JACKSONVILLE, Fla. – The Democratic candidate for a state Senate seat that stretches from Clay County west across North Florida Central Florida to the Gulf Coast died of thyroid cancer on Tuesday night.
Melina Rayna Svanhild Farley-Barratt was the Florida legislative director of the National Organization for Women and a familiar face at the state Capitol lobbying for women and minority issues. She was also the first transgender woman running for a Florida Senate seat.
Barratt told co-workers that she wanted to take her fight for equity for all women by running for public office and signed up to run in state Senate Dist. 5, which includes Baker, Bradford Clay, Columbia, Union and other counties to the west, including Gilchrist, where Barratt lived.
Marissa McCool, who featured Barratt in her podcast, said remembers her for being willing to represent those who are voiceless.
“Somebody has to be the first one,” McCool said. “Despite having cancer, she was willing to try that and willing to put herself out there at great personal risk.”
She was running for the 5th district State Senate seat as a Democrat against Republican Jennifer Bradley, who is seeking to replace her term-limited husband in this solidly red district.
“Vote for Melina despite the fact that she’s crossed over,” Lakey Love, secretary of Florida National Organization for Women, told WCJB-TV. “She’s the first trans woman to run for the Florida Senate and a vote for Melina still this voting season is a vote for the power of not only women but for transgender people and active feminists who are fighting patriarchy and misogyny here in the state of Florida.”
Bradley offered words of condolence Wednesday afternoon.
“I’m saddened to hear of the passing of Melina Rayna Svanhild Farley-Barrett. While I never had the opportunity to meet Melina, she was a passionate advocate for equality whose work was impactful to many. My prayers are with her family and friends during this difficult time,” Bradley told Politico.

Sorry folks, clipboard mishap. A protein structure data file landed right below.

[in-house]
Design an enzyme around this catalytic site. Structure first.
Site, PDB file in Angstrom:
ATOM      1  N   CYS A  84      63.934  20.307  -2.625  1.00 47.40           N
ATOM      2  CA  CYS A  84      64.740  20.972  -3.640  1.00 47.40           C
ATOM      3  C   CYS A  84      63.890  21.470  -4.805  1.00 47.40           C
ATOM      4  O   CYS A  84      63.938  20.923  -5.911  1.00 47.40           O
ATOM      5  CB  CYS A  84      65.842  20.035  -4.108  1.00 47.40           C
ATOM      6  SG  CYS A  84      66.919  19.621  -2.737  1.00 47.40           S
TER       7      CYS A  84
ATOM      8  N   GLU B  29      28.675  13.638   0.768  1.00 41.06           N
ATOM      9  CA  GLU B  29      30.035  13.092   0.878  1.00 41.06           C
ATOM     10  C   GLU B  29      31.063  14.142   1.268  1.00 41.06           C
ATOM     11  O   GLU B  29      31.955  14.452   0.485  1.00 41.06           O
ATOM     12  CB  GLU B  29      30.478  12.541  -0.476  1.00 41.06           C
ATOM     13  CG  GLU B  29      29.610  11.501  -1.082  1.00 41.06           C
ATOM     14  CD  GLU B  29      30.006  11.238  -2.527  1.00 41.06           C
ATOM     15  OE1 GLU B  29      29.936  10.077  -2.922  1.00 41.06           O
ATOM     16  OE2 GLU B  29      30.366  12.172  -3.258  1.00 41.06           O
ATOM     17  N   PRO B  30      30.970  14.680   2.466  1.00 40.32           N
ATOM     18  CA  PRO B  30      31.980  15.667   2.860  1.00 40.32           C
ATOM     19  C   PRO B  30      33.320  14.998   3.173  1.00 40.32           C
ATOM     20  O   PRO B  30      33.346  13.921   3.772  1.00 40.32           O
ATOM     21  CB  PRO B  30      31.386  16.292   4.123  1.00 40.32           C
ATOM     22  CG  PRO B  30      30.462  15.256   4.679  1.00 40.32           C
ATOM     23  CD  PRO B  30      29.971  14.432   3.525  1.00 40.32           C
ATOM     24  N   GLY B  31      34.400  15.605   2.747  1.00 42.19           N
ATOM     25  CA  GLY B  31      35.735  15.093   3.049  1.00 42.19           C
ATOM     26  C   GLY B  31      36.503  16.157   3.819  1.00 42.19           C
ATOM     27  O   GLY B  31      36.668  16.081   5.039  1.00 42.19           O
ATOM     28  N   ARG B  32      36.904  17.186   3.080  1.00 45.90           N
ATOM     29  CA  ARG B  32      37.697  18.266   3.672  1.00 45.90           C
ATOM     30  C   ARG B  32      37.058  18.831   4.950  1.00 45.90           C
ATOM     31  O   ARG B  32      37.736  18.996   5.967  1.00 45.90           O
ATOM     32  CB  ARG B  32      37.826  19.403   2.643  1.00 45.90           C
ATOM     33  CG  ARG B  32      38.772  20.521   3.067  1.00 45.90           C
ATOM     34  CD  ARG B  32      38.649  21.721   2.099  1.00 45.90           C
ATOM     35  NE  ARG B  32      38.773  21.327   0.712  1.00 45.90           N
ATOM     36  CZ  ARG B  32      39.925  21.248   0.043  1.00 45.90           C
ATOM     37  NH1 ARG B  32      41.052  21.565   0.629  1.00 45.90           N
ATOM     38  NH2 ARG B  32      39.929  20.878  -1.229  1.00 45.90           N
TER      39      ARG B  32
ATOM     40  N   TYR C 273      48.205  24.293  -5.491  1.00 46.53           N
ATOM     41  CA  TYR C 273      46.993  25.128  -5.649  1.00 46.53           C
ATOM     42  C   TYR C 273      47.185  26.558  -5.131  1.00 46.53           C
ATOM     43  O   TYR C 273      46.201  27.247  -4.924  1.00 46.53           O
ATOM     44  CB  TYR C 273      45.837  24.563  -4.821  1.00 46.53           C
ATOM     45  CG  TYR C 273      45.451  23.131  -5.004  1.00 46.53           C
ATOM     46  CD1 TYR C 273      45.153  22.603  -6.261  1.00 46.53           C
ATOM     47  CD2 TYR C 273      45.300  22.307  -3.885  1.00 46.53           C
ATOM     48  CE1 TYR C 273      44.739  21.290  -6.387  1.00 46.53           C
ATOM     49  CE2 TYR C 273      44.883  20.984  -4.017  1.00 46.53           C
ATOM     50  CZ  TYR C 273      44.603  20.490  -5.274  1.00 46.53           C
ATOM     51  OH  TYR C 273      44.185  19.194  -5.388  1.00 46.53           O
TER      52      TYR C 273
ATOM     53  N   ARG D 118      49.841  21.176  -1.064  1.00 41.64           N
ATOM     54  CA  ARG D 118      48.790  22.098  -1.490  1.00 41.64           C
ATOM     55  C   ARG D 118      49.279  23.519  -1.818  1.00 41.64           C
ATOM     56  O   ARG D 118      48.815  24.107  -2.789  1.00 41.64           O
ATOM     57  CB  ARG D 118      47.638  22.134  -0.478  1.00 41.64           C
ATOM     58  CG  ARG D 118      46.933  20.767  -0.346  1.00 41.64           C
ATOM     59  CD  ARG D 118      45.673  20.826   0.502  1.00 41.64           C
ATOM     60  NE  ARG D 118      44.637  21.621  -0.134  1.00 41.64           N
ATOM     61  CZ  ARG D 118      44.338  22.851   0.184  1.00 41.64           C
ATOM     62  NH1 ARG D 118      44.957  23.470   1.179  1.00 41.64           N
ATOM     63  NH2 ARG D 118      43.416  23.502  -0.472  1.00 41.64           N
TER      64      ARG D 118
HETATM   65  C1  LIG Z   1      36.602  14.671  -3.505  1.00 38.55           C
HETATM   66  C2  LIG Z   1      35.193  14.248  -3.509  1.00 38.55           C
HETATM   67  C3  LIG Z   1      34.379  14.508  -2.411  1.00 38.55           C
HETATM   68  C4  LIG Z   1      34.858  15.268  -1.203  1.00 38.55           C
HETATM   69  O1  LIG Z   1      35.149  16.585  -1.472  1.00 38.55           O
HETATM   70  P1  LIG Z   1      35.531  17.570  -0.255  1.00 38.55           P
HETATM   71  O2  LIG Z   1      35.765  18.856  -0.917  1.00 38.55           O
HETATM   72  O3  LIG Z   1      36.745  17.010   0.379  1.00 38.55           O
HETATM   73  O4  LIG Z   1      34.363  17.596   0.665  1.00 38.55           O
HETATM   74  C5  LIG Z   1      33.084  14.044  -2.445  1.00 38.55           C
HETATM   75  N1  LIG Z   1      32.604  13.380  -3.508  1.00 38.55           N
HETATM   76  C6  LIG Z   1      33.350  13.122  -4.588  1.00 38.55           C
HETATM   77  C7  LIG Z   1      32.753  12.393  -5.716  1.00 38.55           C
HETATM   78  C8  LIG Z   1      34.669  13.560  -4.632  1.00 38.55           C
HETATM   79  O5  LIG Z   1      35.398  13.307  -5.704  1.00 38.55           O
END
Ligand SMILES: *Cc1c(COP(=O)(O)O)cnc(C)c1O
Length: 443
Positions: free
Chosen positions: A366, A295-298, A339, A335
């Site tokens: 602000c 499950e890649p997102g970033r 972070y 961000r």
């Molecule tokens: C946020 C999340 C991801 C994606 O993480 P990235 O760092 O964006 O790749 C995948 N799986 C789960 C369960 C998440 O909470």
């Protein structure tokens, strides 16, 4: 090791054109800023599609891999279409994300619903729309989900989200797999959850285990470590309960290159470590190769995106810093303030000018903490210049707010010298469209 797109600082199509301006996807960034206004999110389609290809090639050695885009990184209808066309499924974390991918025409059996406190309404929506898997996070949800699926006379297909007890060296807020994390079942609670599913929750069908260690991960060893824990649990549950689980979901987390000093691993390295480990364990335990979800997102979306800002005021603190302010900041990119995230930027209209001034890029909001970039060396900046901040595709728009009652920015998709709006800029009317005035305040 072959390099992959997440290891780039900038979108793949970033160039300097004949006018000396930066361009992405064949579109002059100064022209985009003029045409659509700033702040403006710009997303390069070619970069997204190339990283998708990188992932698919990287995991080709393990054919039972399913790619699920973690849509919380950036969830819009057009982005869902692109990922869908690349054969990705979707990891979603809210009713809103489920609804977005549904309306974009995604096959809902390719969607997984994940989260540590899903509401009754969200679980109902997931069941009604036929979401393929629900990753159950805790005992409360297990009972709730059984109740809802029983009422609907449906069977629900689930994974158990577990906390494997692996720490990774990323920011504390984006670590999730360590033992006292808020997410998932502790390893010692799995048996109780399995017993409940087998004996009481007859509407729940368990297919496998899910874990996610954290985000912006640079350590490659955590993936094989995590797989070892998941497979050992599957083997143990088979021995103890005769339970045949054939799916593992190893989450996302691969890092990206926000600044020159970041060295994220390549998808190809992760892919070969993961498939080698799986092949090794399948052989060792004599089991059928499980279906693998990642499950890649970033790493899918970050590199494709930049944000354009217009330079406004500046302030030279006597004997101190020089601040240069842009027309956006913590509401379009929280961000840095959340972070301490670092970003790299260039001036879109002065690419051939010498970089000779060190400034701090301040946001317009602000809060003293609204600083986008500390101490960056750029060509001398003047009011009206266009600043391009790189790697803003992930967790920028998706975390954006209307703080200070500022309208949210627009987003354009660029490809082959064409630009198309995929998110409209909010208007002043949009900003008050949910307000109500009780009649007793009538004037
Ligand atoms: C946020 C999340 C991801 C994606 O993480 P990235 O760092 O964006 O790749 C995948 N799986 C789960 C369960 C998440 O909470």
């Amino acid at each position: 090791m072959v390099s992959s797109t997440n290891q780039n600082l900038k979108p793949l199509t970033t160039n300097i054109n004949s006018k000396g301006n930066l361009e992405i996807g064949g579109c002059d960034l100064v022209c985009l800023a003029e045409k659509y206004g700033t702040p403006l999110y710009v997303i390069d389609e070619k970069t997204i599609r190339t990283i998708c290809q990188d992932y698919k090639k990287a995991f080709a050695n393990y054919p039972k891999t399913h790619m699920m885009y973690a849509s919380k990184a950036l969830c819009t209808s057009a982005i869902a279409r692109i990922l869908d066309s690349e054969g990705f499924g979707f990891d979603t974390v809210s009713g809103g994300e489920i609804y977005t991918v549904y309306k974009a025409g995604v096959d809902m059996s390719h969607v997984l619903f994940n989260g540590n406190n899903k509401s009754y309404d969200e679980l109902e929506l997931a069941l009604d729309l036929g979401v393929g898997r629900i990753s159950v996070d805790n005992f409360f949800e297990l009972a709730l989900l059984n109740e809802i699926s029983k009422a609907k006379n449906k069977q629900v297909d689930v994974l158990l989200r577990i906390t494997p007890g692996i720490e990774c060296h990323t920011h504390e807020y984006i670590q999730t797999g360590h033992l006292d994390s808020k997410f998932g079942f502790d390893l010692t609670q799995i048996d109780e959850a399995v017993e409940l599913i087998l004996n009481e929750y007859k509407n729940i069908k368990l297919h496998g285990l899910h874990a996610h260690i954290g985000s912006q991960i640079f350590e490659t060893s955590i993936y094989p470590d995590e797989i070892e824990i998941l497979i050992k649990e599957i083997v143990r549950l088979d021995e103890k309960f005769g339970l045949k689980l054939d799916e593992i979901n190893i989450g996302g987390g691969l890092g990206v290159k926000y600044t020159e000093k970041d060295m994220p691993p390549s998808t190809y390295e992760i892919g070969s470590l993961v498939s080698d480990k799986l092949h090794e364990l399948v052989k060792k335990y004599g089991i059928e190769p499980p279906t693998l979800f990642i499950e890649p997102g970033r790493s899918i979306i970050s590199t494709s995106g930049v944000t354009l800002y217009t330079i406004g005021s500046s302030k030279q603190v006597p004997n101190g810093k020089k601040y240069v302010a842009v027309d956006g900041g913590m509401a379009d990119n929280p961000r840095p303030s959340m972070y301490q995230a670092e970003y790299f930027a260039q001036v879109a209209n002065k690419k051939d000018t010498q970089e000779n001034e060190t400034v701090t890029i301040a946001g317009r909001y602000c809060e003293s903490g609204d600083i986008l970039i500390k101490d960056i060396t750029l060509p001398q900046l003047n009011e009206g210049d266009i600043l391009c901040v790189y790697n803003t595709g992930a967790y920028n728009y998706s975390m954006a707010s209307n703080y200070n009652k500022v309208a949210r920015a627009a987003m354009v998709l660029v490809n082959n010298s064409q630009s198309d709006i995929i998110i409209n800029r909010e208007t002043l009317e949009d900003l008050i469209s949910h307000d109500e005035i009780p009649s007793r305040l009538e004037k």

Barratt’s name will remain on the ballot, but Democratic leaders will pick a replacement candidate who would receive all votes cast for Barratt, even though a Democrat is highly unlikely to win the district.
Barratt’s partner, Elliot Farley, told News4Jax that she had battled cancer for eight years.
“I’m still hearing of things that she did for others that I was unaware of -- things she never told anyone," Farley said in a statement.
McCool, who drove from Minnesota to Florida when she heard Barratt was in hospice, called her a role model, saying Barrett taught her to keep fighting despite the dangers her community faced.
“There were, even then ... still just these brief flashes flickers of the person I knew when she was barely conscious,” McCool said. “Those few seconds of lucidity just reminded me how special she was, because even then, she was still trying to plan events and be the hero she is.”
Delia Rawdon said she was inspired by Barratt’s life.
“The day I came out to the world was the day I had to decide is it worth dying for?" Rawdon said. “Florida had a super high count for transgender murders. ... So to be able to stand up and say, ‘I don’t care what’s happening politically, I don’t care what people are doing to other people, I’m standing up and making my stance.’”
The Florida Democratic Party sent a statement sending deepest condolences to her family and friends:
Members of the FL NOW have set up a GoFundMe page for Barratt’s family to help pay for the cost of a memorial service.